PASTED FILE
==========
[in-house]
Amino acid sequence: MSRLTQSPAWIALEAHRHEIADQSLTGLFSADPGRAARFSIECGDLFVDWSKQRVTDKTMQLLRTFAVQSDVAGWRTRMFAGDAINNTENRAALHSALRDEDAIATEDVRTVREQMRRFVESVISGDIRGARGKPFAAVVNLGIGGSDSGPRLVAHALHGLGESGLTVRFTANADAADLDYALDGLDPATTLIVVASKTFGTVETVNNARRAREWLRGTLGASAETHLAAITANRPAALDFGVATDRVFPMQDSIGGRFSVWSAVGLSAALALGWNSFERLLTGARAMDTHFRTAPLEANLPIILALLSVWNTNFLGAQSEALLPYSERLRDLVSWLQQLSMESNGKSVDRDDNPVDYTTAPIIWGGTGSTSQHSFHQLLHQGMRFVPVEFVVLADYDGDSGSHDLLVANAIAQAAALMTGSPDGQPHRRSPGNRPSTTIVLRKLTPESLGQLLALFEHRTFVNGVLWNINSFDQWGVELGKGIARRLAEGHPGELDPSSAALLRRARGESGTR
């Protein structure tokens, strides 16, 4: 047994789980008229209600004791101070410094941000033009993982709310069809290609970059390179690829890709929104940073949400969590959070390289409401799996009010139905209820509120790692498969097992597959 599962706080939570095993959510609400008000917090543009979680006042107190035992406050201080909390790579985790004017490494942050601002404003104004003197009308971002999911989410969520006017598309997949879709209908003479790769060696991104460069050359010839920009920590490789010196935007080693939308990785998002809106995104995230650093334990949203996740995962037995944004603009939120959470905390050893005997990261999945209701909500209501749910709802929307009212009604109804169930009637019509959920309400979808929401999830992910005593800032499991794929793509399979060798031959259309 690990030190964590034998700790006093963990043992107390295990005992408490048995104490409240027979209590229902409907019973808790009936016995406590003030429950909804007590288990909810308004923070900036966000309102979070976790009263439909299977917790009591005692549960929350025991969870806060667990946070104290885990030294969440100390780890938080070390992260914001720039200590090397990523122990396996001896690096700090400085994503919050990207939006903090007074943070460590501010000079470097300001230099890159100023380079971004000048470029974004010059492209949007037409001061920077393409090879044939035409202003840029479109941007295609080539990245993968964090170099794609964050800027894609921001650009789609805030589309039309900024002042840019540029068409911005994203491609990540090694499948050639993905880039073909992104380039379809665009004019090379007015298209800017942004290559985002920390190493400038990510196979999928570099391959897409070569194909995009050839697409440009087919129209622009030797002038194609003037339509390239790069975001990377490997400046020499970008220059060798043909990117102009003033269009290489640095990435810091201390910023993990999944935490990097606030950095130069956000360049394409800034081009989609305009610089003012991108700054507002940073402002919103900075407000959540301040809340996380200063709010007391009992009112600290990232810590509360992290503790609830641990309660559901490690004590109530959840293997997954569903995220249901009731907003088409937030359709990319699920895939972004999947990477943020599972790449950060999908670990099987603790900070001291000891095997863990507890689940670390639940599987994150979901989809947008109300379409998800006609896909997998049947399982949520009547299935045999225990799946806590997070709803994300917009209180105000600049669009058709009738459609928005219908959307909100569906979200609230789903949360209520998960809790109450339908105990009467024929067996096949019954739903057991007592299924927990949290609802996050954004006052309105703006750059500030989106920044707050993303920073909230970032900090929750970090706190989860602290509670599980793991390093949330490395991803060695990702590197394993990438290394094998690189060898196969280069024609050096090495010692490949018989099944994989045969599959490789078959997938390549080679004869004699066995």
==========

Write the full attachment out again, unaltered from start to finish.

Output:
[in-house]
Amino acid sequence: MSRLTQSPAWIALEAHRHEIADQSLTGLFSADPGRAARFSIECGDLFVDWSKQRVTDKTMQLLRTFAVQSDVAGWRTRMFAGDAINNTENRAALHSALRDEDAIATEDVRTVREQMRRFVESVISGDIRGARGKPFAAVVNLGIGGSDSGPRLVAHALHGLGESGLTVRFTANADAADLDYALDGLDPATTLIVVASKTFGTVETVNNARRAREWLRGTLGASAETHLAAITANRPAALDFGVATDRVFPMQDSIGGRFSVWSAVGLSAALALGWNSFERLLTGARAMDTHFRTAPLEANLPIILALLSVWNTNFLGAQSEALLPYSERLRDLVSWLQQLSMESNGKSVDRDDNPVDYTTAPIIWGGTGSTSQHSFHQLLHQGMRFVPVEFVVLADYDGDSGSHDLLVANAIAQAAALMTGSPDGQPHRRSPGNRPSTTIVLRKLTPESLGQLLALFEHRTFVNGVLWNINSFDQWGVELGKGIARRLAEGHPGELDPSSAALLRRARGESGTR
């Protein structure tokens, strides 16, 4: 047994789980008229209600004791101070410094941000033009993982709310069809290609970059390179690829890709929104940073949400969590959070390289409401799996009010139905209820509120790692498969097992597959 599962706080939570095993959510609400008000917090543009979680006042107190035992406050201080909390790579985790004017490494942050601002404003104004003197009308971002999911989410969520006017598309997949879709209908003479790769060696991104460069050359010839920009920590490789010196935007080693939308990785998002809106995104995230650093334990949203996740995962037995944004603009939120959470905390050893005997990261999945209701909500209501749910709802929307009212009604109804169930009637019509959920309400979808929401999830992910005593800032499991794929793509399979060798031959259309 690990030190964590034998700790006093963990043992107390295990005992408490048995104490409240027979209590229902409907019973808790009936016995406590003030429950909804007590288990909810308004923070900036966000309102979070976790009263439909299977917790009591005692549960929350025991969870806060667990946070104290885990030294969440100390780890938080070390992260914001720039200590090397990523122990396996001896690096700090400085994503919050990207939006903090007074943070460590501010000079470097300001230099890159100023380079971004000048470029974004010059492209949007037409001061920077393409090879044939035409202003840029479109941007295609080539990245993968964090170099794609964050800027894609921001650009789609805030589309039309900024002042840019540029068409911005994203491609990540090694499948050639993905880039073909992104380039379809665009004019090379007015298209800017942004290559985002920390190493400038990510196979999928570099391959897409070569194909995009050839697409440009087919129209622009030797002038194609003037339509390239790069975001990377490997400046020499970008220059060798043909990117102009003033269009290489640095990435810091201390910023993990999944935490990097606030950095130069956000360049394409800034081009989609305009610089003012991108700054507002940073402002919103900075407000959540301040809340996380200063709010007391009992009112600290990232810590509360992290503790609830641990309660559901490690004590109530959840293997997954569903995220249901009731907003088409937030359709990319699920895939972004999947990477943020599972790449950060999908670990099987603790900070001291000891095997863990507890689940670390639940599987994150979901989809947008109300379409998800006609896909997998049947399982949520009547299935045999225990799946806590997070709803994300917009209180105000600049669009058709009738459609928005219908959307909100569906979200609230789903949360209520998960809790109450339908105990009467024929067996096949019954739903057991007592299924927990949290609802996050954004006052309105703006750059500030989106920044707050993303920073909230970032900090929750970090706190989860602290509670599980793991390093949330490395991803060695990702590197394993990438290394094998690189060898196969280069024609050096090495010692490949018989099944994989045969599959490789078959997938390549080679004869004699066995």